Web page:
The vent assembly 42 basically comprises a housing 130 mounted on the roof (or ceiling), an electrically operated exhaust fan 132, the heretofore identified control signal receiver 30, an exhaust fume pressure-sensing subsystem (not shown), and a solenoid operated damper assembly 134. The vent means housing 130 houses the exhaust fan 132 and also includes an outlet or chimney 136 at the top end thereof and through which the exhaust fumes gain egress to the ambient atmosphere. The exhaust fan is arranged when operated (activated) to draw the fumes from the collapsible hose 24 through the elbow 38 and associated hose 40 to vent them through the chimney 136 to the ambient atmosphere.

The electrically operated exhaust fan 132 is activated in one of two ways. On start-up of the vehicle's engine, with vehicle 12 located within bay 46, the exhaust fan 132 is arranged to be activated immediately. This is desirable because at start-up, while the vehicle's engine is cold, revving is necessary to warm it up and to build up air pressure for the brakes. Such engine revving produces a large amount of exhaust fumes which, if not evacuated immediately, will escape into the building. The quick activation of exhaust fan 132 is accomplished through the use of the control signal transmitter 28 and associated receiver 30. The transmitter 28 is located within the vehicle coupled to the switch of the ignition system 18 or to the master switch (not shown) which provides electrical power to the vehicle and produces and transmits an electrical control signal when either the master switch or the ignition switch is activated. The transmitter 28 can be of any suitable construction. One particularly effective device is the Linear Alert Digital Security Transmitter, Model No. D-30, manufactured by Linear Corporation of Carlsbad, Calif. The control signal receiver 30 is mounted on (or in) the vent assembly housing 130 and is arranged to receive the transmitted signal from the transmitter. While the receiver 30 is shown mounted on the vent housing 130 it should be understood that it can be located at any convenient position in the building 10 such as in the attic or on the roof. The receiver can also be of any suitable construction, e.g., the Linear Alert Single-Channel Digital Security Receiver, Model No. D-67, also manufactured by Linear Corporation.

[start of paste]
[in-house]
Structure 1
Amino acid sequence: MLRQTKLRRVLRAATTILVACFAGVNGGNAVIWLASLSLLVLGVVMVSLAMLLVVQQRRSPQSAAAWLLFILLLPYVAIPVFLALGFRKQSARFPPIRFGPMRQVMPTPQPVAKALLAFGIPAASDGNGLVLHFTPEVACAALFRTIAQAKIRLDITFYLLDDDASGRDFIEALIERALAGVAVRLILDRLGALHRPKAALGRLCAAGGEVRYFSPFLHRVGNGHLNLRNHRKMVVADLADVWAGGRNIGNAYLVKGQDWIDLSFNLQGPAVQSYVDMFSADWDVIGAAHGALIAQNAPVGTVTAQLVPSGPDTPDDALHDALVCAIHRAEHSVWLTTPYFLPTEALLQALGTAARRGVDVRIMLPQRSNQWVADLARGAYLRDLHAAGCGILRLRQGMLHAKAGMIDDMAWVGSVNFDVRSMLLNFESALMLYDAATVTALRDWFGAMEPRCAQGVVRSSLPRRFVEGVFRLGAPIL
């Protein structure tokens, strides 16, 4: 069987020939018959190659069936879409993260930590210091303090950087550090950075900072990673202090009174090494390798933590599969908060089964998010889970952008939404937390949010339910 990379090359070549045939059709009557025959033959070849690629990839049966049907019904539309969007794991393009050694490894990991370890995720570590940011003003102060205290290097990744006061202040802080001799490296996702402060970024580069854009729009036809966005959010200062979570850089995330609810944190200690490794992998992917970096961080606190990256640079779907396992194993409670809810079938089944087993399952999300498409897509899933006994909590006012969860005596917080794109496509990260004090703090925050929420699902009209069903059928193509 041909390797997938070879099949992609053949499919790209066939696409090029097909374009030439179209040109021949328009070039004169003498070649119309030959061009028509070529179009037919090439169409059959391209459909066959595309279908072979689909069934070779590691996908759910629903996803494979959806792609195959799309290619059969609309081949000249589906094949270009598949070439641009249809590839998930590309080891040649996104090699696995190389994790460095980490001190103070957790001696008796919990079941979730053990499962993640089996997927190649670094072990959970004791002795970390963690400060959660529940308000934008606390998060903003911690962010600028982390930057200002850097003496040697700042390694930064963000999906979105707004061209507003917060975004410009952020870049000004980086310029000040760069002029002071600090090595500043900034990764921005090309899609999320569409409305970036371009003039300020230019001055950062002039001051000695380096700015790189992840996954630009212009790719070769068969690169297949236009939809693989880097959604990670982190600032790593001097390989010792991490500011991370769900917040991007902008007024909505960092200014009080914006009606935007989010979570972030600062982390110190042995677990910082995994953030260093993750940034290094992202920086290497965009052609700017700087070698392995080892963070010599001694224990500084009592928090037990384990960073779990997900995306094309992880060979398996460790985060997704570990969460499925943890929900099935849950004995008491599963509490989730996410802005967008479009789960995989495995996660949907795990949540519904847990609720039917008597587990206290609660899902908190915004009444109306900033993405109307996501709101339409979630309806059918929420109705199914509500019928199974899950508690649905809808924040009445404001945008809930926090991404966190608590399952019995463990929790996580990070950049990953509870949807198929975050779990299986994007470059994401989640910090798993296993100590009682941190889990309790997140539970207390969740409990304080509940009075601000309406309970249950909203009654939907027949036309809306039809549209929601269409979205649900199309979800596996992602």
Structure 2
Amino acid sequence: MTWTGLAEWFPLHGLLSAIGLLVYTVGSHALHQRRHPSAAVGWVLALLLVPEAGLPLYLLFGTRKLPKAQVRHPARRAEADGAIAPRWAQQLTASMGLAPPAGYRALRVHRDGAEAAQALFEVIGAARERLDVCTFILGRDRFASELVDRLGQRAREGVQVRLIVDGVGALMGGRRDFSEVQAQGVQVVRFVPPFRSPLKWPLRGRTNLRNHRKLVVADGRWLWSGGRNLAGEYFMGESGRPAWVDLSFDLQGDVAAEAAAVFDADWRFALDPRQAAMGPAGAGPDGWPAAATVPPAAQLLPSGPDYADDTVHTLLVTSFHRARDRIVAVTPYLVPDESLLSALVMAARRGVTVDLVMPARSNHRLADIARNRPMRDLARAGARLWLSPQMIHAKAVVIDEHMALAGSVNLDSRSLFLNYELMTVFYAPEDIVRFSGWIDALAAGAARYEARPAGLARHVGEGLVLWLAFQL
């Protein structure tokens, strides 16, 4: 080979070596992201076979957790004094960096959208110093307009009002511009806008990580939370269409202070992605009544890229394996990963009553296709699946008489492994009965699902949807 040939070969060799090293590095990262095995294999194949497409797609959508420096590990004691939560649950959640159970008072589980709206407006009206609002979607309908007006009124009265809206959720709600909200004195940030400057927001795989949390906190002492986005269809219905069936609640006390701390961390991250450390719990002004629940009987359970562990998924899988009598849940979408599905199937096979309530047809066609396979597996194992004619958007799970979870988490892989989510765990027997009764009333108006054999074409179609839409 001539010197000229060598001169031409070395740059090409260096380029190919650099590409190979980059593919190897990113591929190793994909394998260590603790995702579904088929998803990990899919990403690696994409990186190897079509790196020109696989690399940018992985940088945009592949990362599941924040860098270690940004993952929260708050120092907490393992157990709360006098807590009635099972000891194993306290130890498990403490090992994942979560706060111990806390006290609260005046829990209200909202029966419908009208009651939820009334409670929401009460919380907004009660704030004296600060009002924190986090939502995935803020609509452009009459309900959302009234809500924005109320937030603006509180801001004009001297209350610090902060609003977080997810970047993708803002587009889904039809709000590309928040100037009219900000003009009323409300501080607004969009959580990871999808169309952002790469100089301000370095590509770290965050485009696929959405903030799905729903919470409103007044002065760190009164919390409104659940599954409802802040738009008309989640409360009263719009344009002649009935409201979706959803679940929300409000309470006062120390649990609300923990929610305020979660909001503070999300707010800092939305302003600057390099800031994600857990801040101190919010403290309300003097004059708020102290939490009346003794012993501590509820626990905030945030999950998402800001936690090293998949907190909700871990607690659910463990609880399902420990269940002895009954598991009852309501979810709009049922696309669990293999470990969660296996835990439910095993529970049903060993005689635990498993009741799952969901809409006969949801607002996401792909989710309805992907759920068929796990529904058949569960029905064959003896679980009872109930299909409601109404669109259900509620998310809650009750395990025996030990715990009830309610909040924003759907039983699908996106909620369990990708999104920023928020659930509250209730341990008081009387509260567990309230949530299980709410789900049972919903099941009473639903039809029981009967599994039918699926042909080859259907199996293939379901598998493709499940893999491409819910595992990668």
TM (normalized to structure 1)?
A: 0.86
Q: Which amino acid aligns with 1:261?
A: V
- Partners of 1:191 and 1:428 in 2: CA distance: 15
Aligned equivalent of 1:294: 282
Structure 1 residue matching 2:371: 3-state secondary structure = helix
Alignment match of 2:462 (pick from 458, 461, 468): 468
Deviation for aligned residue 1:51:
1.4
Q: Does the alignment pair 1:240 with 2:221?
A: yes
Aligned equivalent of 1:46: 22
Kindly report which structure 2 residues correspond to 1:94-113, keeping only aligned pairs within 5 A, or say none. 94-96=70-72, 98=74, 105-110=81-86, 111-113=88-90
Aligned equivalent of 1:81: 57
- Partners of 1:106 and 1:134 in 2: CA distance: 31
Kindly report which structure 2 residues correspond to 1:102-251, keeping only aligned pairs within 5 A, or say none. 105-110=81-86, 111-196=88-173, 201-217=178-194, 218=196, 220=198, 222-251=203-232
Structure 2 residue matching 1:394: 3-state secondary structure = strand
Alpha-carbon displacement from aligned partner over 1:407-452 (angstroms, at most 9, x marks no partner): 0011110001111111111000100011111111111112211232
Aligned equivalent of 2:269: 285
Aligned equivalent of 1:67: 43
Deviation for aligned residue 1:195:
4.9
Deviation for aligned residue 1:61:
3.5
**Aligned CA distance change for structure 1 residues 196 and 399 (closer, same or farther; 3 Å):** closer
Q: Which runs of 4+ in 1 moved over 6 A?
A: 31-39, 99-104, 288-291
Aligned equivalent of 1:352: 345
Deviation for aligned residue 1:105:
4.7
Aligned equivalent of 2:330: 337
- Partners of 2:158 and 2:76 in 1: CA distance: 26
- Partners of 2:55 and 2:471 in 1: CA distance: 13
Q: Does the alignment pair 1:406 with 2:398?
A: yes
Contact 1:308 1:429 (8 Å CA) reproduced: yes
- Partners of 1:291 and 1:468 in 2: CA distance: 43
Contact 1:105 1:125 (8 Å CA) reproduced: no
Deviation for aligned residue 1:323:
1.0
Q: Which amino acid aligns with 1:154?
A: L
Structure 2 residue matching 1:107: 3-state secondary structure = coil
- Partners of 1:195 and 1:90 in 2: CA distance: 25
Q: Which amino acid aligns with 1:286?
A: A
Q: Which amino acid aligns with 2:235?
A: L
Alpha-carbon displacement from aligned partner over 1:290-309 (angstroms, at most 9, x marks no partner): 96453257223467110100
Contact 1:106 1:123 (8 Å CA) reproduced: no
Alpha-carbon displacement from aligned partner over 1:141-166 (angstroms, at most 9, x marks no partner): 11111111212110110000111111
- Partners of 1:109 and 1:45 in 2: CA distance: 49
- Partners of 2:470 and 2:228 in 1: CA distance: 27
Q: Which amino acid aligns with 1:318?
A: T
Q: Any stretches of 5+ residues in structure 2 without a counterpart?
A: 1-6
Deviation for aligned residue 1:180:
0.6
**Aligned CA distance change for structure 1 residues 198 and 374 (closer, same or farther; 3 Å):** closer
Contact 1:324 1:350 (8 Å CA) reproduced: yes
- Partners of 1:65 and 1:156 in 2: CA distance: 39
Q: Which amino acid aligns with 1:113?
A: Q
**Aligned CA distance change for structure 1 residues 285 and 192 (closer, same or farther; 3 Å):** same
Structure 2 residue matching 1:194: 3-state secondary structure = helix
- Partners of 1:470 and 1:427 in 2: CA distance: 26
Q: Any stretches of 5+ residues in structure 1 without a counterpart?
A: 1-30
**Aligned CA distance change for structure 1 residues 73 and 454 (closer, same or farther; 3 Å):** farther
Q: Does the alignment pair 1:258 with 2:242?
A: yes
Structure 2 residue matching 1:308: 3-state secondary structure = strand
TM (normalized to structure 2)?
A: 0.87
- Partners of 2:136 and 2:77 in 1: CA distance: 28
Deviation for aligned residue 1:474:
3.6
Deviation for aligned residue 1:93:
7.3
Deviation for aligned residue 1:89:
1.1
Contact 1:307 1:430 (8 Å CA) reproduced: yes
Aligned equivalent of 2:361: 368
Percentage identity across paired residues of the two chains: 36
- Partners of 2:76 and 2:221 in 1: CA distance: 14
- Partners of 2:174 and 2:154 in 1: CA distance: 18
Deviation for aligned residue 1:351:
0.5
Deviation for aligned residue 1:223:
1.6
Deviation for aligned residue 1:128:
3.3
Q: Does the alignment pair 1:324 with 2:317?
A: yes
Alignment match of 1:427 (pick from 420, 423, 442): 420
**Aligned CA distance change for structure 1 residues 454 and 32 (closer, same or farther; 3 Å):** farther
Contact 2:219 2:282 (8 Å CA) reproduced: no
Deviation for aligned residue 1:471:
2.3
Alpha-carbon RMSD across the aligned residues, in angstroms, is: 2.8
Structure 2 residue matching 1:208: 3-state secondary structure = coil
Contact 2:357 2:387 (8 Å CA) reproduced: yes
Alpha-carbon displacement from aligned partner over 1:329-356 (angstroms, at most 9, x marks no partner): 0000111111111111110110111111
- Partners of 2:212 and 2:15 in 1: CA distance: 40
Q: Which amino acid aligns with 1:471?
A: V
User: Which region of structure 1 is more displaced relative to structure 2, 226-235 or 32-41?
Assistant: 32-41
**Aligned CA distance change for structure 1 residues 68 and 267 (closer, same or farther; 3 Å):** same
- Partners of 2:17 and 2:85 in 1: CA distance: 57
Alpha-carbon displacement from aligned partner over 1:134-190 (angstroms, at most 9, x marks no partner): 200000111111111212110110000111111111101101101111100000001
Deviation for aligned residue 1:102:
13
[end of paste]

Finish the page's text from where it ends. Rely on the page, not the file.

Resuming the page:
The transmitter transmits or broadcasts a low power electrical control signal via an associated antenna 138 to the receiver 30 when the vehicle's master switch or starter button(s) is(are) momentarily pressed in order to start the vehicle's engine. The receiver 30 includes an antenna 140 which is arranged to sense the broadcast low power electrical control signal from transmitter and activate exhaust fan 132 via associated conductors 144. This causes the exhaust fan to be energized, so that it starts rotating, whereupon the fumes are vented to the ambient atmosphere.